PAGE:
• Asking the voluntary sector to act like the private sector without building their capacity to do so. (e.g. Repopulation of rural communities — government encourages immigrants to settle in rural communities to address the decline in rural populations but does not give voluntary sector capacity to develop resettlement associations
Lessons Learned:
Need to examine the importance of relationships where communities are successful in community initiatives
Q. With reference to the first presentation: Just because the market wants something and we can do it, does not necessarily mean we should. How do we include the environmental and other issues into our decision?
A. When we ask can we produce it, we should ask does it make social, environmental, economic sense? It always comes back to the Triple Bottom Line
Q. What about cooperatives?
Ali Coops in Egypt have experienced many ups and downs. The government uses them as an extension of itself. The process of restructuring the coops has not been successful. May be in the plan for Lake Nasser in the future but first there needs to be community and for neighbours to talk.
Farouk Coops in Kenya have a history of being corrupt. HCA is trying to work with individual farmers. There are beekeeping associations and HCA supports beekeepers working together but coops are not always successful and HCA would rather work with individuals — individual efforts, individual benefits. HCA does work with community based organizations.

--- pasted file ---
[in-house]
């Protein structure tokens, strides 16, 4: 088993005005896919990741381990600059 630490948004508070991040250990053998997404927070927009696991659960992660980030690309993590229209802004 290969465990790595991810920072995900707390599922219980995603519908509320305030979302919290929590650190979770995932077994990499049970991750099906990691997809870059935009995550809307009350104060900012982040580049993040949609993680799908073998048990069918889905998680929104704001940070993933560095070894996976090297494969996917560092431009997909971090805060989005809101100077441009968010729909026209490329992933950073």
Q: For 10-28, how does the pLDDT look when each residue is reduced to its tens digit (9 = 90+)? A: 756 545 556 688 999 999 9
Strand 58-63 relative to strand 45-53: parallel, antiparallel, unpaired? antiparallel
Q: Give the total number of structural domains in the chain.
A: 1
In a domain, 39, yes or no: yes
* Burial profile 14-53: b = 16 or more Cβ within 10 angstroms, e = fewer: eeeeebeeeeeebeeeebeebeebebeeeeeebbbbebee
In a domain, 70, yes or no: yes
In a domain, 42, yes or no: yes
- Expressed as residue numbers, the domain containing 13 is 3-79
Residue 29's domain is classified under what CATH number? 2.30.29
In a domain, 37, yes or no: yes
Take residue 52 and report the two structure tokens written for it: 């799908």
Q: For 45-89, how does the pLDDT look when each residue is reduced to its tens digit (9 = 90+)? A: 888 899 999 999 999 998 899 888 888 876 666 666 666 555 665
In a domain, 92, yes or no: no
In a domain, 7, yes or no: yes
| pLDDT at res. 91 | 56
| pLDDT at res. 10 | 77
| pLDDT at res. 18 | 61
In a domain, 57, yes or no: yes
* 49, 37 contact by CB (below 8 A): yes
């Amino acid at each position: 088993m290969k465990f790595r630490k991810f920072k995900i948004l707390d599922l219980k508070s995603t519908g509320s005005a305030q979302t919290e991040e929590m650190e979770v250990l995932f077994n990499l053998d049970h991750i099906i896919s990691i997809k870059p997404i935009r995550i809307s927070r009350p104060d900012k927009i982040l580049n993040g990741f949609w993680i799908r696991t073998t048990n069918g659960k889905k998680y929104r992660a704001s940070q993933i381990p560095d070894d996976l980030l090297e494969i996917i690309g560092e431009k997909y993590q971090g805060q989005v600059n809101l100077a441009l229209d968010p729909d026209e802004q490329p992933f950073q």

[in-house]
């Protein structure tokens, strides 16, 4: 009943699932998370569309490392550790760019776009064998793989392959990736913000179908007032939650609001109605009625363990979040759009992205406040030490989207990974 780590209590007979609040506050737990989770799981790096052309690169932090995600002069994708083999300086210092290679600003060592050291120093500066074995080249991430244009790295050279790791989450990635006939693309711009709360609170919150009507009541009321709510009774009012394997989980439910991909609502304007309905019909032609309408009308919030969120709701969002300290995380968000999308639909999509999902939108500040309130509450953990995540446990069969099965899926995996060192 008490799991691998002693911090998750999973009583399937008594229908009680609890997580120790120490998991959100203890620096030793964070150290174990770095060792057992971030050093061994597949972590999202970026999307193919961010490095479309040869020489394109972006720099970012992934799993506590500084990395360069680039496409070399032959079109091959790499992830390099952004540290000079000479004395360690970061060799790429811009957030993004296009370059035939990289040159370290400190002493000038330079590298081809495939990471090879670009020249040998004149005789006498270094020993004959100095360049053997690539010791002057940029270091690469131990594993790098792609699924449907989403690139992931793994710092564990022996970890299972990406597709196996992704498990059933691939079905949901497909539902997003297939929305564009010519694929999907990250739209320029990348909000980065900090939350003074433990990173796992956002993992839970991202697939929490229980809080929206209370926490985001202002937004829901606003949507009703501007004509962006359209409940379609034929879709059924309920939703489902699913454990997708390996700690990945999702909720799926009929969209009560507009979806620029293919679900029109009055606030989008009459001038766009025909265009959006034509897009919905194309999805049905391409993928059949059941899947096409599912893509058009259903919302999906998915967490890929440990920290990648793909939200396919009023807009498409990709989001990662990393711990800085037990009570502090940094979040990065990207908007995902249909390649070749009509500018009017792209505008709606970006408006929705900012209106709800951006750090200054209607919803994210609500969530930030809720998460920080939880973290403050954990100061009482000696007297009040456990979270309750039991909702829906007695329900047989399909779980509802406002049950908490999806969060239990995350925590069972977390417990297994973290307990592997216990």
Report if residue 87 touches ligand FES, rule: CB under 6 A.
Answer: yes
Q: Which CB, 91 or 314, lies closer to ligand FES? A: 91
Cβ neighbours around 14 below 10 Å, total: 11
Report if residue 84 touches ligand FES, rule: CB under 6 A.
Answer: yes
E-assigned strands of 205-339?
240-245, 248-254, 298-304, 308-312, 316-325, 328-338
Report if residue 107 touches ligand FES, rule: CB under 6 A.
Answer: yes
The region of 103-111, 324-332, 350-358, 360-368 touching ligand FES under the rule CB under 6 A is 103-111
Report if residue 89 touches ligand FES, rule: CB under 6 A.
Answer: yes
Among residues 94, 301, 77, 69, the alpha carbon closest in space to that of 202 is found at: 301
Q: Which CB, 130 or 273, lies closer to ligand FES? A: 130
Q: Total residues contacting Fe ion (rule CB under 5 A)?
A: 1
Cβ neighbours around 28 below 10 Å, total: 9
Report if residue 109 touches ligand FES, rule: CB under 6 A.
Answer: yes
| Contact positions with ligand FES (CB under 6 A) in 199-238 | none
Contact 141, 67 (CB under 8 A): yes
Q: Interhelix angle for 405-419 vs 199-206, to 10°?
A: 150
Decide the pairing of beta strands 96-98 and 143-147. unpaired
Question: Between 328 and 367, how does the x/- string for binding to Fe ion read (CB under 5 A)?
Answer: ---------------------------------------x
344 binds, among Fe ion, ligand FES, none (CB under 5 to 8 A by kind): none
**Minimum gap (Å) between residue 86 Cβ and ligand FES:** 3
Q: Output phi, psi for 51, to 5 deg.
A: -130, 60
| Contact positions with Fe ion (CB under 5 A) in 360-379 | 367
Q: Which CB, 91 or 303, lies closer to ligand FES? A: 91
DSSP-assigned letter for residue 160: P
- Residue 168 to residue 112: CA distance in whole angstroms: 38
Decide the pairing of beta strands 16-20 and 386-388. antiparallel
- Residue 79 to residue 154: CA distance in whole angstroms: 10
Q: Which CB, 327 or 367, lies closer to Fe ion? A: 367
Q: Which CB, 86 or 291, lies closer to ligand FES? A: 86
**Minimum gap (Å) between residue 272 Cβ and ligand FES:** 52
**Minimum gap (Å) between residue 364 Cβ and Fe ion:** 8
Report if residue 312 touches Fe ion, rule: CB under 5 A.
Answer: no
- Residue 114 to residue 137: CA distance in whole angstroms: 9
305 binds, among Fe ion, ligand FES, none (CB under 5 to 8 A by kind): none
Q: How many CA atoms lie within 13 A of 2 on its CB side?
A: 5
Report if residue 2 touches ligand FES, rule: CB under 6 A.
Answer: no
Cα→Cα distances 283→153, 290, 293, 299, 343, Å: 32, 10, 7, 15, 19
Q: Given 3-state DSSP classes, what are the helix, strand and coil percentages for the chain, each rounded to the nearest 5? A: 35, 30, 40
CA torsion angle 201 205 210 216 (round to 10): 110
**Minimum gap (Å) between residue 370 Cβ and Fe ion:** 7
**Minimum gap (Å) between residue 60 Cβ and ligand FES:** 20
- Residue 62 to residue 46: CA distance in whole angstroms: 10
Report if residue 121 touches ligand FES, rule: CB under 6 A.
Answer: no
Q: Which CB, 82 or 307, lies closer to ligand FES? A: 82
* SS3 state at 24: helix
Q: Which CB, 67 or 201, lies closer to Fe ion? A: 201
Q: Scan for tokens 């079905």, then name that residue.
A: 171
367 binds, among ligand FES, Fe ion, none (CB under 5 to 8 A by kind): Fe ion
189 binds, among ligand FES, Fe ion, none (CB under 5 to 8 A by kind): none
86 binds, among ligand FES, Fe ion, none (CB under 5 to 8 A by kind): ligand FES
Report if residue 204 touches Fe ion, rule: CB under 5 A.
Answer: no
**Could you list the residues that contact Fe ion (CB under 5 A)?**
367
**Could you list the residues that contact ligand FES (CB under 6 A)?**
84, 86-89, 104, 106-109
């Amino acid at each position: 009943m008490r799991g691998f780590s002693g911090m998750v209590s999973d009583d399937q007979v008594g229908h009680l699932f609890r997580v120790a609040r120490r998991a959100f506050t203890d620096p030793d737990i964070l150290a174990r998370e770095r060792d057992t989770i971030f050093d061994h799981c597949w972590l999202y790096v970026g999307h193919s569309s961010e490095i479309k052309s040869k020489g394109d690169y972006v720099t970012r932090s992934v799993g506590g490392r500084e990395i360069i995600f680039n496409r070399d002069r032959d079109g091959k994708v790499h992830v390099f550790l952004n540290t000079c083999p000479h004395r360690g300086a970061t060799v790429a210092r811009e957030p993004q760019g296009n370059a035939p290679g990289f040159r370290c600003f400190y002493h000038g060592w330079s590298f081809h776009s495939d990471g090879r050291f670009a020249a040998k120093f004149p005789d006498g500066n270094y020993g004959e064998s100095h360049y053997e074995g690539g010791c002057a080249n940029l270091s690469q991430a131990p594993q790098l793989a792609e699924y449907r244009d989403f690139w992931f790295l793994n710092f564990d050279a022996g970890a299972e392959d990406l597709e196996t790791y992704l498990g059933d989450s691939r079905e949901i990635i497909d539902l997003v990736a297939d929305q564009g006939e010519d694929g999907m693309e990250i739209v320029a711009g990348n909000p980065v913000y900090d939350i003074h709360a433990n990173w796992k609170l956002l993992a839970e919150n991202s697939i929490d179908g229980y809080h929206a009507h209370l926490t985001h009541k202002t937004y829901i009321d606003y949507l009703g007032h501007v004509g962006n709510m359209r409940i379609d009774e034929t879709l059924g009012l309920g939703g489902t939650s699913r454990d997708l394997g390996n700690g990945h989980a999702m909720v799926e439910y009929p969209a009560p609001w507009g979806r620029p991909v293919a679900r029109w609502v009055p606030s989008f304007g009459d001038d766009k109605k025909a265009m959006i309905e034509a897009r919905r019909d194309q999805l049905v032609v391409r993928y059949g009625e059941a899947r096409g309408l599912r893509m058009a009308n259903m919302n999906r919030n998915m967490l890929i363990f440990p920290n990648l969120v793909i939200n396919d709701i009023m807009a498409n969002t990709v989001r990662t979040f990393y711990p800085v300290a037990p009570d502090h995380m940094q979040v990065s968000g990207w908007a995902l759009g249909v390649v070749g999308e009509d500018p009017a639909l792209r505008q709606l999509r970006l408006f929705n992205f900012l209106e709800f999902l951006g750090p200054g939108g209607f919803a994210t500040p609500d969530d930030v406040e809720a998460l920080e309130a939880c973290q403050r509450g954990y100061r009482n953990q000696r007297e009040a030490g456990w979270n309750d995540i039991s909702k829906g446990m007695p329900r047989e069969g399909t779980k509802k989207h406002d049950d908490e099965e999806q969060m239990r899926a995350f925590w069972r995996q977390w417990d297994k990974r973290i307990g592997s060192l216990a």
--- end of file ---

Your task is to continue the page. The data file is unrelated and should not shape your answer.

Comment There is an incredible amount of volunteer time associated with coops
Comment Cooperative movement also includes sharing between people e.g. farmers sharing equipment. It is a cooperative of getting prepared to go to market
Farouk Some beekeepers share equipment. They own individual hives but share beekeeping equipment.
Ali Formalizing coops is sometimes where things go wrong.
Q. With reference to Lake Nasser resettlement, how did the project get the people to come together to discuss, build community?
Ali When dealing with different groups, they have to develop the agenda. It can be as simple as the process of planting a tree. Where? How? Who takes care of it? The process of deciding this is important because they have to come to some common ground
Q. Is it important to have a school or community centre?
Ali It's as important as the people think it is — what they really want versus what you are offering needs to be considered.
  • For sustainable rural development need to reduce dependency on government grants
  • Private sector plays an important role
  • Importance of building and maintaining relationships between stakeholders (e.g. between community and private sector, between voluntary organizations and community, etc.)
  • Triple Bottom Line — Social, Environmental, Economic
  • Need for common ground in a diverse community
  Print PDF of original report (60K)
  Plenary Summary of this Workshop by Keith Cossey
Next: next Workshop Report 2103:
From Seed to Sale: The Journey of the Coffee Bean
  What they are saying about Rethinking Development